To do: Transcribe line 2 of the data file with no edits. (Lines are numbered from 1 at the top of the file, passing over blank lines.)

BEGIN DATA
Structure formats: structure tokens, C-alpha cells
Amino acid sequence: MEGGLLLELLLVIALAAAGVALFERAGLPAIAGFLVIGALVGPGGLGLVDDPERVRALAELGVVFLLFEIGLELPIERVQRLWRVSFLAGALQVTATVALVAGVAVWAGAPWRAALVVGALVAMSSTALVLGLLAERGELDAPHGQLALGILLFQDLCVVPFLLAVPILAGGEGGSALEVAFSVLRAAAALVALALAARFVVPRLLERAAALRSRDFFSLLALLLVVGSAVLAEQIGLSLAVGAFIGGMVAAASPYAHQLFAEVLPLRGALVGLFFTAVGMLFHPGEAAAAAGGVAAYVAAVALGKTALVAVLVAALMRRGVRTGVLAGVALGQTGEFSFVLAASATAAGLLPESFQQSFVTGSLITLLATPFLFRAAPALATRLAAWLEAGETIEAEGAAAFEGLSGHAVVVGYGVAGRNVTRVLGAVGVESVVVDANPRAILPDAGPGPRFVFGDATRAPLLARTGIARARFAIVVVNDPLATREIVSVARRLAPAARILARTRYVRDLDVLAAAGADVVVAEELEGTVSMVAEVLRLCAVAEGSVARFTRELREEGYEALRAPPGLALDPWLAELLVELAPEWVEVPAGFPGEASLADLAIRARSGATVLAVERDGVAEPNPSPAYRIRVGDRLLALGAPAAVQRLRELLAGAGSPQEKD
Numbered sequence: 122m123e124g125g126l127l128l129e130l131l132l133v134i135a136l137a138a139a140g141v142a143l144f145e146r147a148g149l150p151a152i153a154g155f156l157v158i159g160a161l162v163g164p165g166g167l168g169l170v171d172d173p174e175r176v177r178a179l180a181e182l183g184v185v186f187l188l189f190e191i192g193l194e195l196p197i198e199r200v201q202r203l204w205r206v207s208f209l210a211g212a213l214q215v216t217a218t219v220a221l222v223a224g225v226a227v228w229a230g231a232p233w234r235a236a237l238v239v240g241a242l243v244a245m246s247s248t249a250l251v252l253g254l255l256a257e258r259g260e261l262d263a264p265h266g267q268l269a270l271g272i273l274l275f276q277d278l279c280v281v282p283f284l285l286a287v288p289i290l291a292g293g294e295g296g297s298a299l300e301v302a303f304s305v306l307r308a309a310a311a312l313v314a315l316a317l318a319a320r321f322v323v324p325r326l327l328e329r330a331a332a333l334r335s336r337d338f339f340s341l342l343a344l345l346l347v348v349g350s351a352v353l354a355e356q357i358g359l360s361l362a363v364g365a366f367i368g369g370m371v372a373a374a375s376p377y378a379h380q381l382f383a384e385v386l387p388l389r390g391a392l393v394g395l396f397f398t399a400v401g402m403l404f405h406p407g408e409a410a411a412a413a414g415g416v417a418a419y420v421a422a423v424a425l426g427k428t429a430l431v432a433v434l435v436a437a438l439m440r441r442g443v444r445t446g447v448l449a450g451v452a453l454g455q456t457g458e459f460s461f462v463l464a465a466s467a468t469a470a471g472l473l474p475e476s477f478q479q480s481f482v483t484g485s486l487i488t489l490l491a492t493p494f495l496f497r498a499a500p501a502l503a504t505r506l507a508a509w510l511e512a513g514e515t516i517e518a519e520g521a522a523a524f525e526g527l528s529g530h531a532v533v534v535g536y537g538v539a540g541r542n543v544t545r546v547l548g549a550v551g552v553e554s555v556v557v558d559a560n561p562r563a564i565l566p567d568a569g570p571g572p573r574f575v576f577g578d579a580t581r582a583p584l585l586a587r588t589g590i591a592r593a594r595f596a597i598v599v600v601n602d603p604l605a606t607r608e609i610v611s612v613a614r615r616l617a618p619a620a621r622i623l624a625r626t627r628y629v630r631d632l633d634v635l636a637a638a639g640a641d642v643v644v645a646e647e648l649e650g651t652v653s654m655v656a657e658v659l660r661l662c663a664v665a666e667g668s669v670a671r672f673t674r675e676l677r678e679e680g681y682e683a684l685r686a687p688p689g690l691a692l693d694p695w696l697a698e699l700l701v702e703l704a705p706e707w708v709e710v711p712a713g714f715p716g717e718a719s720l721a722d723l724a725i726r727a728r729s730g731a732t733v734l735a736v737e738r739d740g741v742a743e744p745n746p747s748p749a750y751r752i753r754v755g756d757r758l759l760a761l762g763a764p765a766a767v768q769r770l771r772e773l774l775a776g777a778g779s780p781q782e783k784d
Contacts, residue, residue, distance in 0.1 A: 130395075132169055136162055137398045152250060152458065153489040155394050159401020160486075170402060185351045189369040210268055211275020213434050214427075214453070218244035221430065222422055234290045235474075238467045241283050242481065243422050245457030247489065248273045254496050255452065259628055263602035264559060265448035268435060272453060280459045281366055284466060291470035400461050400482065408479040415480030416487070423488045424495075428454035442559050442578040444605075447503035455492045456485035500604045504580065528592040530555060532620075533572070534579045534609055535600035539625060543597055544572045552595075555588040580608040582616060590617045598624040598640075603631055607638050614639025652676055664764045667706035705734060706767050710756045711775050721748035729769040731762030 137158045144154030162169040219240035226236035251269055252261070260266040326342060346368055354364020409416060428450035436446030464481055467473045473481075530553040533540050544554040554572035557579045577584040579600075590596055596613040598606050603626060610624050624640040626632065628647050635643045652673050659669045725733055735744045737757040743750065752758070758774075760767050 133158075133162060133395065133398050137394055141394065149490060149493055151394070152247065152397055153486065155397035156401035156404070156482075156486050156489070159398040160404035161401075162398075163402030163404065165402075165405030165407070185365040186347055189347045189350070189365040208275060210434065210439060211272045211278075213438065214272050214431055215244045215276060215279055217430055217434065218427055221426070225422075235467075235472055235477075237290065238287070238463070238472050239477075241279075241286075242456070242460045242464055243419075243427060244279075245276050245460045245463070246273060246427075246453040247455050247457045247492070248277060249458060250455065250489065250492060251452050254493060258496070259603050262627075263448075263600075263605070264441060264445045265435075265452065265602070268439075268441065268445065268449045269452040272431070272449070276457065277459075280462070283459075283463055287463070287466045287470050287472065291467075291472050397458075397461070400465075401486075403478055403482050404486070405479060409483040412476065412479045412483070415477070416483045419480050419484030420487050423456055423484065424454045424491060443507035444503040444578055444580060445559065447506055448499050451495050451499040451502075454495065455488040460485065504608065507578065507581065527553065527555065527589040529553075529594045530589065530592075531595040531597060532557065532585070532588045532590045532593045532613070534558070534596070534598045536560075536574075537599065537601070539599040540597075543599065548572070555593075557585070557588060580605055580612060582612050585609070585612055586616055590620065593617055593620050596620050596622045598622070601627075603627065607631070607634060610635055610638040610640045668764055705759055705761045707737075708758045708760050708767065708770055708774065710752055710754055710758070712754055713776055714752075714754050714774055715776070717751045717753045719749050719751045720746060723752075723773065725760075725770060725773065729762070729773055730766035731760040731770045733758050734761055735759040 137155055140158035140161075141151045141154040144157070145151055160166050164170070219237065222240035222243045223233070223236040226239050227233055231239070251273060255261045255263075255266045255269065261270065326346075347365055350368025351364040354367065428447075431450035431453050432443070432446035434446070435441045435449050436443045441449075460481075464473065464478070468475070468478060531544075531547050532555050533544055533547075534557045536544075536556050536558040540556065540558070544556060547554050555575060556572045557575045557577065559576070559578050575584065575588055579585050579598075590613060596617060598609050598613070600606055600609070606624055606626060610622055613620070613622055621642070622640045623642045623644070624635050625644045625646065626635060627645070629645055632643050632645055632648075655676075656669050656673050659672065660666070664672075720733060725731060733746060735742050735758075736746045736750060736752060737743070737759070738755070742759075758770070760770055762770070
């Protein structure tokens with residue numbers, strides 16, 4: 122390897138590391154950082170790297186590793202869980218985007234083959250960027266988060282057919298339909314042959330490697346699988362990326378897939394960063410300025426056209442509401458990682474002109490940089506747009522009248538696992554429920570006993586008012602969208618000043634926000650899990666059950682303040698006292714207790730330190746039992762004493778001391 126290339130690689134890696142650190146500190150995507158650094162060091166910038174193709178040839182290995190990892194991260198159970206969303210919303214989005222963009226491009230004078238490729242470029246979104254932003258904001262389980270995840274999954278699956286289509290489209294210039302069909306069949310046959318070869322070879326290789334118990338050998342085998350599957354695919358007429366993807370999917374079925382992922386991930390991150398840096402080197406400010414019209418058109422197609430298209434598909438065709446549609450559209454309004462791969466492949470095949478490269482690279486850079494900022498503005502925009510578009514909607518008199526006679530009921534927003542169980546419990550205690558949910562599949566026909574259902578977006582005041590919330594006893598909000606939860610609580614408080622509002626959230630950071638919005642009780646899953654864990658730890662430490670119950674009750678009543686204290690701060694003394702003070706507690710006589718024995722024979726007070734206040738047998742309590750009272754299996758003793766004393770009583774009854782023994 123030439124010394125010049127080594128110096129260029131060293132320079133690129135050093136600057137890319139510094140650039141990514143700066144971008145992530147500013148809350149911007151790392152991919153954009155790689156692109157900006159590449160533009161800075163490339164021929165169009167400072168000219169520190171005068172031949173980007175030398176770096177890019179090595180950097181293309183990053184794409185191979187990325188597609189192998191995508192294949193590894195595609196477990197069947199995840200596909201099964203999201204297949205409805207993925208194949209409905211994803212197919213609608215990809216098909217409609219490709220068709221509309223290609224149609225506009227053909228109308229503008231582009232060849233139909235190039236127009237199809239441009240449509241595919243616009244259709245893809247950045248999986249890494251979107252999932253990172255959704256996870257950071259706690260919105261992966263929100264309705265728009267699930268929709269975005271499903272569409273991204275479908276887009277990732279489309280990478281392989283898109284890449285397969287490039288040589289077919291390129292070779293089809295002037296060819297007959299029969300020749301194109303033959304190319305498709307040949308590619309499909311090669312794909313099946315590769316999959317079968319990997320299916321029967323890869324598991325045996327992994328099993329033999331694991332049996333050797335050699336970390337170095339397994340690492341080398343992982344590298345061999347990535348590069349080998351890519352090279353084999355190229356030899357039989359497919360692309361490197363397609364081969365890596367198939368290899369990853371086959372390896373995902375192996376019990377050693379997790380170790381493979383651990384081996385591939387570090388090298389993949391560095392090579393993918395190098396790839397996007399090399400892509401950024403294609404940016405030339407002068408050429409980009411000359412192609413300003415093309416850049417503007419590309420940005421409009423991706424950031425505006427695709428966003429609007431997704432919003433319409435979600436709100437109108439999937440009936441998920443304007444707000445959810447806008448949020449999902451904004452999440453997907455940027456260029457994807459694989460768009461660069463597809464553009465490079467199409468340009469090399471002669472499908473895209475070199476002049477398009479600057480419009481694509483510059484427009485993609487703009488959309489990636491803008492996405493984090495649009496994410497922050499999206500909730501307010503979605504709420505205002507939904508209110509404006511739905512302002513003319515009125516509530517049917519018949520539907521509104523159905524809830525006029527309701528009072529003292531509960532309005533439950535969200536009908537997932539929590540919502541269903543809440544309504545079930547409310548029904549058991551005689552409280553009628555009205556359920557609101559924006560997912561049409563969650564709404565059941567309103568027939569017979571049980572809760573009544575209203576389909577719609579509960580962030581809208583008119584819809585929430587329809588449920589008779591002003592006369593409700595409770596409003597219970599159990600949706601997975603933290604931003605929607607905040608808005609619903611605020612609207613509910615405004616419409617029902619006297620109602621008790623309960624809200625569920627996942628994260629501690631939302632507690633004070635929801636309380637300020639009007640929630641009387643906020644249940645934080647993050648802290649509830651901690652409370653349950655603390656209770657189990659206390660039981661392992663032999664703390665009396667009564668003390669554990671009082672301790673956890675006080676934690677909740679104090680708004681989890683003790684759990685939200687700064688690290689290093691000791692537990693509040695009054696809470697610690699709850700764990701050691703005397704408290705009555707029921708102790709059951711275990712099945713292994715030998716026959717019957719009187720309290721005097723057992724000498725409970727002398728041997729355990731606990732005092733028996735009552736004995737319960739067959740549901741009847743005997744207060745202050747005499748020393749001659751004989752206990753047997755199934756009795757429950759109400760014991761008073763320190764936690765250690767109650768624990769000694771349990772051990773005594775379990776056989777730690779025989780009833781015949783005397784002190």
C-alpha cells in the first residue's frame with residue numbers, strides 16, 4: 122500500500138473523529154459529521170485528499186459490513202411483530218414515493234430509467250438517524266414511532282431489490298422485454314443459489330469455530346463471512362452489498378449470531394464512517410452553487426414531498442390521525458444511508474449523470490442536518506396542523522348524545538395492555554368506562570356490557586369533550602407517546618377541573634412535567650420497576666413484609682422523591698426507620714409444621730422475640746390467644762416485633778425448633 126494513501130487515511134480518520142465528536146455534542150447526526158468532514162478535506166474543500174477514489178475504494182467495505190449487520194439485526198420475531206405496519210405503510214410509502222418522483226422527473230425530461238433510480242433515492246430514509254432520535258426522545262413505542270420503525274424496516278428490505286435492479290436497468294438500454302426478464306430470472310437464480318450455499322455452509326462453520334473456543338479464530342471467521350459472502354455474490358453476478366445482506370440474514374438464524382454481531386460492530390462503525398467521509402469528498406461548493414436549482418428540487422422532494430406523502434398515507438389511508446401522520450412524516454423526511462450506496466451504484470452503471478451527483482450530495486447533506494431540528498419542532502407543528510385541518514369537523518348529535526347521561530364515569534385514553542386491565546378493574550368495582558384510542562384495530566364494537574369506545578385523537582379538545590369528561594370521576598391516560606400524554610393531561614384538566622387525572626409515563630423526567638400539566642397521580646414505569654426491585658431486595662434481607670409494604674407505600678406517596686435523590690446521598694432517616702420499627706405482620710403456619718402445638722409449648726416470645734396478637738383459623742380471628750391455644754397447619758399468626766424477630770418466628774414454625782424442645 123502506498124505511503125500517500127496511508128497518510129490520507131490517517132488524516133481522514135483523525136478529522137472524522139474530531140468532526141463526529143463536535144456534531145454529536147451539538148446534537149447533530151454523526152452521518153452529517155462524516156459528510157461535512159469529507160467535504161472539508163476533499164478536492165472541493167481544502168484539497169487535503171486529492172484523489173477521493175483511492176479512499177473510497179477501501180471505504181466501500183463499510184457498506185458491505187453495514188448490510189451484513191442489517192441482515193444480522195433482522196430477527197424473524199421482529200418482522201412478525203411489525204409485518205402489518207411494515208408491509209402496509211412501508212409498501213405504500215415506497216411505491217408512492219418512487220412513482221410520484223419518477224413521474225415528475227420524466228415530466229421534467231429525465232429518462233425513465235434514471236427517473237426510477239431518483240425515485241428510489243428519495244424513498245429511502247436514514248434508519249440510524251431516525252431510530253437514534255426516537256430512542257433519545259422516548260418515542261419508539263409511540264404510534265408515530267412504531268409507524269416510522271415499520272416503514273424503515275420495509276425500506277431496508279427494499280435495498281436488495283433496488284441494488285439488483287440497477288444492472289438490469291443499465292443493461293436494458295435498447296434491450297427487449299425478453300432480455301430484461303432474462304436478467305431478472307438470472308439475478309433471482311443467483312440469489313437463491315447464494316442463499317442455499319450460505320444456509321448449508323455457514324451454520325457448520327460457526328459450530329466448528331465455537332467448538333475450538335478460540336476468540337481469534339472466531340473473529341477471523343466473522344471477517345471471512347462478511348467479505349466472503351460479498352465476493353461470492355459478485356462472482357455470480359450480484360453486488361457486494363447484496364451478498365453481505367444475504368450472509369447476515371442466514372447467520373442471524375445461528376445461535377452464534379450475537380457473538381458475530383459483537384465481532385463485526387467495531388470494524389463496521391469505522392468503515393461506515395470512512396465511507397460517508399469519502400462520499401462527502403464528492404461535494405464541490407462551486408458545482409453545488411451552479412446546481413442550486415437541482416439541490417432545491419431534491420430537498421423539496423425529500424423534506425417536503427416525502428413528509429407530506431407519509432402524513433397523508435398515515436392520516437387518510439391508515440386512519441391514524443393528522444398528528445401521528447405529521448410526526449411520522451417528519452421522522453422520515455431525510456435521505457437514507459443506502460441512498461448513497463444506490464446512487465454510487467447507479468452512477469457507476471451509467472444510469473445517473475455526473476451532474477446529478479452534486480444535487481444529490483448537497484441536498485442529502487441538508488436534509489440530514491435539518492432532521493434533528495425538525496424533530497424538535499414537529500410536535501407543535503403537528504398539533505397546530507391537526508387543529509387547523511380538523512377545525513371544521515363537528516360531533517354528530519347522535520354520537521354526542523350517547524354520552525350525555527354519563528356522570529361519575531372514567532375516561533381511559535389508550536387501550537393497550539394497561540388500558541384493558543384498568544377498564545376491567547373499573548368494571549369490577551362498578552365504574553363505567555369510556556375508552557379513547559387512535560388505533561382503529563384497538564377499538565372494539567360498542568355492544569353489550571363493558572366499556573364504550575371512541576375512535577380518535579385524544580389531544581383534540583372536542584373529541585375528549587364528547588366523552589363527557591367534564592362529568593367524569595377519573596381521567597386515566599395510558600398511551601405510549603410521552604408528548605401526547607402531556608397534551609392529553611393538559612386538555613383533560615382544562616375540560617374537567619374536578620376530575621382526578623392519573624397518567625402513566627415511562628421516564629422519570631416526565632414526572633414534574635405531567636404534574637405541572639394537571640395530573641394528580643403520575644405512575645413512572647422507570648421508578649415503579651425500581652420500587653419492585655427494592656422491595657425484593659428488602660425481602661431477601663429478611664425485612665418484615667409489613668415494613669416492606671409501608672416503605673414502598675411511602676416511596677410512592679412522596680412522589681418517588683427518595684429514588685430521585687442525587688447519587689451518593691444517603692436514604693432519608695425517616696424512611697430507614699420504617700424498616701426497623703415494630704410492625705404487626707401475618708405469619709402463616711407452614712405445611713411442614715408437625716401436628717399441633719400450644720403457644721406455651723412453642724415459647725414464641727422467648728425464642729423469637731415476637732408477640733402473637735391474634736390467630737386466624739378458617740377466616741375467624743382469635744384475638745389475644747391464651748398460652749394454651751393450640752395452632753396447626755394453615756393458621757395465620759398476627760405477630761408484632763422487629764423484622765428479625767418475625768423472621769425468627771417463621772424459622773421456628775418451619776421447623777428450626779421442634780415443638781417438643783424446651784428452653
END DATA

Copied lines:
Amino acid sequence: MEGGLLLELLLVIALAAAGVALFERAGLPAIAGFLVIGALVGPGGLGLVDDPERVRALAELGVVFLLFEIGLELPIERVQRLWRVSFLAGALQVTATVALVAGVAVWAGAPWRAALVVGALVAMSSTALVLGLLAERGELDAPHGQLALGILLFQDLCVVPFLLAVPILAGGEGGSALEVAFSVLRAAAALVALALAARFVVPRLLERAAALRSRDFFSLLALLLVVGSAVLAEQIGLSLAVGAFIGGMVAAASPYAHQLFAEVLPLRGALVGLFFTAVGMLFHPGEAAAAAGGVAAYVAAVALGKTALVAVLVAALMRRGVRTGVLAGVALGQTGEFSFVLAASATAAGLLPESFQQSFVTGSLITLLATPFLFRAAPALATRLAAWLEAGETIEAEGAAAFEGLSGHAVVVGYGVAGRNVTRVLGAVGVESVVVDANPRAILPDAGPGPRFVFGDATRAPLLARTGIARARFAIVVVNDPLATREIVSVARRLAPAARILARTRYVRDLDVLAAAGADVVVAEELEGTVSMVAEVLRLCAVAEGSVARFTRELREEGYEALRAPPGLALDPWLAELLVELAPEWVEVPAGFPGEASLADLAIRARSGATVLAVERDGVAEPNPSPAYRIRVGDRLLALGAPAAVQRLRELLAGAGSPQEKD